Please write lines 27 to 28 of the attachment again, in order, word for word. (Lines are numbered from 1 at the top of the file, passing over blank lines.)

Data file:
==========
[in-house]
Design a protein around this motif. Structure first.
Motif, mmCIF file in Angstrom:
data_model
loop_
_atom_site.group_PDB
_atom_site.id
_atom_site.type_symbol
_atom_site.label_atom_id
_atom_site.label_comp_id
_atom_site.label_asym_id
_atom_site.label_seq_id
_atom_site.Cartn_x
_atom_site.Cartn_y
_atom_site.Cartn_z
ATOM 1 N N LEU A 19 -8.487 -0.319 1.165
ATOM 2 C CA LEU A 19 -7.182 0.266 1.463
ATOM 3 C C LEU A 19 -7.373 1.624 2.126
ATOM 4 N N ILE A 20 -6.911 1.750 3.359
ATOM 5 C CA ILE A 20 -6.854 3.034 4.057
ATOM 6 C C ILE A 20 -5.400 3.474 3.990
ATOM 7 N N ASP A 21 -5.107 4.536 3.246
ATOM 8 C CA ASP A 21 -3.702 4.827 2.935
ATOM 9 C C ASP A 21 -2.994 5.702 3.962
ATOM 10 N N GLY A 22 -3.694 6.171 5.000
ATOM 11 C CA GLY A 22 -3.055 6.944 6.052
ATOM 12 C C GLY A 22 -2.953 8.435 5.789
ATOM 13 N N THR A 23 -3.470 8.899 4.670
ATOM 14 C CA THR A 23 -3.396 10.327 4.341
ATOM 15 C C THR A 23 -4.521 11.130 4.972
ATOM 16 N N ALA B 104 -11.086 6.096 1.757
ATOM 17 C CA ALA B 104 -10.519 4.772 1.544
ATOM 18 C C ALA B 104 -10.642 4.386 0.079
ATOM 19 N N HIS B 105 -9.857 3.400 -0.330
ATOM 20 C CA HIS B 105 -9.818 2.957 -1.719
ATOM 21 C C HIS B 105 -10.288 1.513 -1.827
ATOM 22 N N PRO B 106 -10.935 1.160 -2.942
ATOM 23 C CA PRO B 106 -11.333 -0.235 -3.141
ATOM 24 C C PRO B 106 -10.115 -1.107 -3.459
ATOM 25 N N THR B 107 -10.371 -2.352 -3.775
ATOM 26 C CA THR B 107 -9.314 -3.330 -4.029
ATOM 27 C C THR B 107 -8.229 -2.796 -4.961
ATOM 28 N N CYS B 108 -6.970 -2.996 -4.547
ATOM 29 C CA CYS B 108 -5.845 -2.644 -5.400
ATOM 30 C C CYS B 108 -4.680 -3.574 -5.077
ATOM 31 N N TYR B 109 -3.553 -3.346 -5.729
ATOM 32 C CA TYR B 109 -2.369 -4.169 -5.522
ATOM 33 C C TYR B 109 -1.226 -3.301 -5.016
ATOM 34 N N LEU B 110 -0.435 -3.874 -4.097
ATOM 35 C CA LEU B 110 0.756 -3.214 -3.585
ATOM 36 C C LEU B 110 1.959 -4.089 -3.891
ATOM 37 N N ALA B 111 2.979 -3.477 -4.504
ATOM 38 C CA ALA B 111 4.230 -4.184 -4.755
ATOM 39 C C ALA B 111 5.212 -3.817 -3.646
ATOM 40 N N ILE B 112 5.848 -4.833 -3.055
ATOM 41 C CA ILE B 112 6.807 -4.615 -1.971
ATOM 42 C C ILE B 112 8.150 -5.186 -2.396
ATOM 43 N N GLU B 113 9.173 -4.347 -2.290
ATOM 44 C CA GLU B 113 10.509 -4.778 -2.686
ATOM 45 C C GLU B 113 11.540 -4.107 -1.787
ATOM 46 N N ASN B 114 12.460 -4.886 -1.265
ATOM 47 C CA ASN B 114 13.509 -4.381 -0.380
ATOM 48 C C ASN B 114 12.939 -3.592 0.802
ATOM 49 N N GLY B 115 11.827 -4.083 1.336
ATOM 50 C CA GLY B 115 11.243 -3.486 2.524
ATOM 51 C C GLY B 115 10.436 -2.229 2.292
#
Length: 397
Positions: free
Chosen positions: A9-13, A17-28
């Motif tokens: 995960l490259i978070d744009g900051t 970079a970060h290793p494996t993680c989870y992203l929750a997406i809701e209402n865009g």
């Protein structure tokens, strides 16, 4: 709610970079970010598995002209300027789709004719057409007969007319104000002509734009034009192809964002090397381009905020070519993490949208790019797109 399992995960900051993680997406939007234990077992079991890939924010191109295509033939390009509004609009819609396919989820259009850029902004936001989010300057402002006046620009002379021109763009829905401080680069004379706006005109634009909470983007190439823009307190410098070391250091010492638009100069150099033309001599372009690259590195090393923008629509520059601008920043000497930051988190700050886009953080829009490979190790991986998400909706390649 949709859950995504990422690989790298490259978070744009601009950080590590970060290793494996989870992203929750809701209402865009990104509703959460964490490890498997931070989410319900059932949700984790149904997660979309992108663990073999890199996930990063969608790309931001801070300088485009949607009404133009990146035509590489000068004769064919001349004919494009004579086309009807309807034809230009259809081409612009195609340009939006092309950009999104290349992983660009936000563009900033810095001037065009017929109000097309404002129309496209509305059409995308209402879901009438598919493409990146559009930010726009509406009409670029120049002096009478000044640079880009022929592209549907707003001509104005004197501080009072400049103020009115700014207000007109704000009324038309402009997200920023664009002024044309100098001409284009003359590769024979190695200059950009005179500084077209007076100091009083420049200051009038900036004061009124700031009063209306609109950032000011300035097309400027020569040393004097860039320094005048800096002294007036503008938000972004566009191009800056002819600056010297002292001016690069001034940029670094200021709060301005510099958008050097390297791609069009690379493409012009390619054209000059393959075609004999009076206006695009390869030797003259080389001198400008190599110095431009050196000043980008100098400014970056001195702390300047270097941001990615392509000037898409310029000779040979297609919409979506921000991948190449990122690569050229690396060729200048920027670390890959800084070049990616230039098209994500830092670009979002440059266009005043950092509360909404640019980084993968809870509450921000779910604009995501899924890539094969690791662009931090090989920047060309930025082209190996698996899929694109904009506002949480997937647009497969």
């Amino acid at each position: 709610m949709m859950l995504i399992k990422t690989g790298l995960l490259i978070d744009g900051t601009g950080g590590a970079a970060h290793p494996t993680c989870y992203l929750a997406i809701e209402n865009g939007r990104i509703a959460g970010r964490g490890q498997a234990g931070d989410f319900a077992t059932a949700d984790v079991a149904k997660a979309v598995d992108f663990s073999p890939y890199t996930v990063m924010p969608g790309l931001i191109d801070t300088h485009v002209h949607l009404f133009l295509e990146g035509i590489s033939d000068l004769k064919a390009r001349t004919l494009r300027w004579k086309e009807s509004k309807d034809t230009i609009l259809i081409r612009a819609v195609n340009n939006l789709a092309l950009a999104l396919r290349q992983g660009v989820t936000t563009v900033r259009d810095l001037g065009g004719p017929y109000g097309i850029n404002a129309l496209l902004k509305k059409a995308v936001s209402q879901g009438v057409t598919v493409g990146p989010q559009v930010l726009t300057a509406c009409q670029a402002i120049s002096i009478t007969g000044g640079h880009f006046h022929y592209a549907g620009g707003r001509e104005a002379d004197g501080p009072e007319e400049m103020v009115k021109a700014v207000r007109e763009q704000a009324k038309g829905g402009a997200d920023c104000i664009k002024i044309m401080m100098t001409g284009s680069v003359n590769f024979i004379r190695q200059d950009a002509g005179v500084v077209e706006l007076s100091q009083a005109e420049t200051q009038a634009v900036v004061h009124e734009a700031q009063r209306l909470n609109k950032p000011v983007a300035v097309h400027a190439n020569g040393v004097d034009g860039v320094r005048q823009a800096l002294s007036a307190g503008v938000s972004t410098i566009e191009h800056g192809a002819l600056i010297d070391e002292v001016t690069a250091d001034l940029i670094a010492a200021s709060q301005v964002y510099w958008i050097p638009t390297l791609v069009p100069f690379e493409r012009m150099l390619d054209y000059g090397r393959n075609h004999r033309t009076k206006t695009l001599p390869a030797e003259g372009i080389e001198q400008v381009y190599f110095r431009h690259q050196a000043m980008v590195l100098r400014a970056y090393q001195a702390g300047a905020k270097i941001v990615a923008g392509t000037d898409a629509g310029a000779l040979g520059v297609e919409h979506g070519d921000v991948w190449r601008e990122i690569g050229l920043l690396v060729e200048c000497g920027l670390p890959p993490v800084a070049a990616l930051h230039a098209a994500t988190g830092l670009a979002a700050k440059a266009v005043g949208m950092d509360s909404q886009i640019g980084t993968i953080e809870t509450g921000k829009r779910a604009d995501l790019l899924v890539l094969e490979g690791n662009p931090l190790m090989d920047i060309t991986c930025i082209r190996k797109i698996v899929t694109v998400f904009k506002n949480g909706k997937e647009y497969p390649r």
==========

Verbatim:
ATOM 12 C C GLY A 22 -2.953 8.435 5.789
ATOM 13 N N THR A 23 -3.470 8.899 4.670